East Side Gallery:  Open air gallery spreading over 1km of the largest remaining part of the Berlin Wall. Painted by 118 artists from 21 different countries, their work represents the remarkable day when the wall came down. Witty portrayals and gallons of colour, this is a must see. It is also a fun area to explore – an early evening drink follows on rather well. [Mühlenstraße, 10243 Berlin,
+49 172 3918726]

Holocaust Memorial:  Imagine the size of 3 football pitches in the most central location imaginable. That is extraordinary in itself. Then imagine 2,711 concrete slabs of varying heights arranged in a grid pattern. This has always been a controversial monument and was initially widely objected by the Jewish community when it was first completed. Despite the obvious sculptural merits, there is an eerie and almost uncomfortable silence as you walk around it. You will need to be feeling strong for this. [Georgenstraße 23, 10117 Berlin, +49 (0)30 2639430]



Berghain: Legendary Berlin club with unrivalled acoustics set in a former power station. Not for the faint hearted or Telegraph readers. Impossible to get into and involves blagging your way past the infamous Sven.  But it’s totally worth the queue and if you get in, you will be in for the long haul (parties regularly last for over 24hrs).  You will need serious stamina. [Am Wriezener Bahnhof, 10243 Berlin, +49 30 29360210]

Beckets Kopf: No sign, just a glowing photograph of Samuel Beckett in the window marks this location.  Simply ring the doorbell to enter this low key but wonderfully eccentric cocktail bar. It has an exciting menu for the connoisseurs as well as floral or herbal options for the more adventurous. Their ‘Monkey’s Gland’ Absinthe cocktail is bizarrely made with English marmalade and is very tasty. [Pappelallee 64, Prenzlauer Berg, Berlin, +49 162 237 9418]

Altes Europa: More of an institution really.  Located in Mitte, this is the sort of place that makes you feel like you’re a local.  Quite traditional and not overly friendly service but definitely the ideal place for cozy evening drinks. [Gipsstraße 11, 10119 Berlin, +49 30 28093840]




Trodelmarkt am Arkonaplatz: Very popular flea market in the city’s yuppie district.  If you are looking for anything retro, this is the place to head for.  Top finds will be 1960s or 1970s treasure/icons/junk (depending who you ask). It is particularly good for furniture and antique hunters. [Arkonaplatz, 10435 Berlin, +49 171 7101662]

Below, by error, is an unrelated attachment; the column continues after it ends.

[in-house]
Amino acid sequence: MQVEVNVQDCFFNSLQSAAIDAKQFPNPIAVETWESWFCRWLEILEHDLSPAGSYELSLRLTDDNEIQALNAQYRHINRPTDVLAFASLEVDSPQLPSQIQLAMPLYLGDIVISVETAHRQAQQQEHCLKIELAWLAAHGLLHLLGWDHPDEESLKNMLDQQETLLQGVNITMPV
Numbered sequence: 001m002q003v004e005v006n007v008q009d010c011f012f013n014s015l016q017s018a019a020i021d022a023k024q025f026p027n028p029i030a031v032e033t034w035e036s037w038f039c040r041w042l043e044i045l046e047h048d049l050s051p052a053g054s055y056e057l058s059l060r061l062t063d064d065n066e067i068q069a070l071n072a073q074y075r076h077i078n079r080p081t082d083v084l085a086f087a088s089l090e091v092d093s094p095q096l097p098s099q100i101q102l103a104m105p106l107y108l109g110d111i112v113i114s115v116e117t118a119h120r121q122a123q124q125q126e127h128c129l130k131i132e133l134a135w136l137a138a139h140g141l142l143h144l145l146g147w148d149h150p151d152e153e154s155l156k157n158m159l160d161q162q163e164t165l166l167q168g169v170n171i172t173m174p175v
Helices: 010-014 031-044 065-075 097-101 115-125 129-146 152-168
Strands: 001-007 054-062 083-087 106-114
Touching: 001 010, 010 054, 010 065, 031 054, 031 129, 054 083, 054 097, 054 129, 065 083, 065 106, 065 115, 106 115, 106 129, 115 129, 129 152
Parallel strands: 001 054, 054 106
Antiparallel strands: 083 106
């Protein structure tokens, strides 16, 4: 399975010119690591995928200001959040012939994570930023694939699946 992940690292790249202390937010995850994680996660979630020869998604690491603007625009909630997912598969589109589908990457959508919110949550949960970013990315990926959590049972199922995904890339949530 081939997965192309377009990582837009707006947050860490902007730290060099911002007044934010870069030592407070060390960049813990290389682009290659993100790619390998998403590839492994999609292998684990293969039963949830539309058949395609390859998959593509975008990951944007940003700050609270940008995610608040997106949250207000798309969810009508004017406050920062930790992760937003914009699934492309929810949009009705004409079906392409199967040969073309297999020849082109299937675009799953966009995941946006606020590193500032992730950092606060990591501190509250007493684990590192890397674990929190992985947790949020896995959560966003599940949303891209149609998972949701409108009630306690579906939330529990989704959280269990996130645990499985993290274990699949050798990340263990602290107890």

Christmas Markets (Nov/Dec): These are the best.  Mulled wine or warm apple cider; chocolate crepes; huge Christmas trees; lots of little chalet style shops (albeit selling quite weird things); joyful Christmas spirit and if you’re lucky, some ice skating. Bliss.  The Weihnachtszauber am Gendarmenmarkt is the most famous and is a good place to start [Leipziger Strasse 65].  We also like the smaller markets that you will find popping up all over the city – more rustic and a bit more fun.

Badeschiff (Summer only): Or for those uneducated among us… ‘a floating swimming pool’ in the River Spree.  This is a godsend in the summer when Berlin is roasting.   Pack your poshest swimmers as this is all about posing, ogling and drinking cocktails. [Eichenstraße 4, 12435 Berlin Treptow, Treptower Park, Berlin, 0152 05 94 57 52]



Luxe City Guides we love.


What Jewellery to wear?

This is easy.  You need something low key.  You need something that looks effortless but on trend.  Berliners are seriously spontaneous – so at least pretend it was unplanned (even if it wasn’t).

Our Olivera gold hoop earrings are perfect.  Wear them when visiting a gallery and then go straight onto dinner.  They will bring in the early hours too.

Team these with a necklace – our favourite is the Westbourne Pendant. Or why not create your own?

And if you are hitting the clubs (which lets face it, is a must) – take one of our Chennai Long Necklaces to sparkle through the night with you.

 Berlin is the bees knees of brilliant. Book now, you won’t regret it.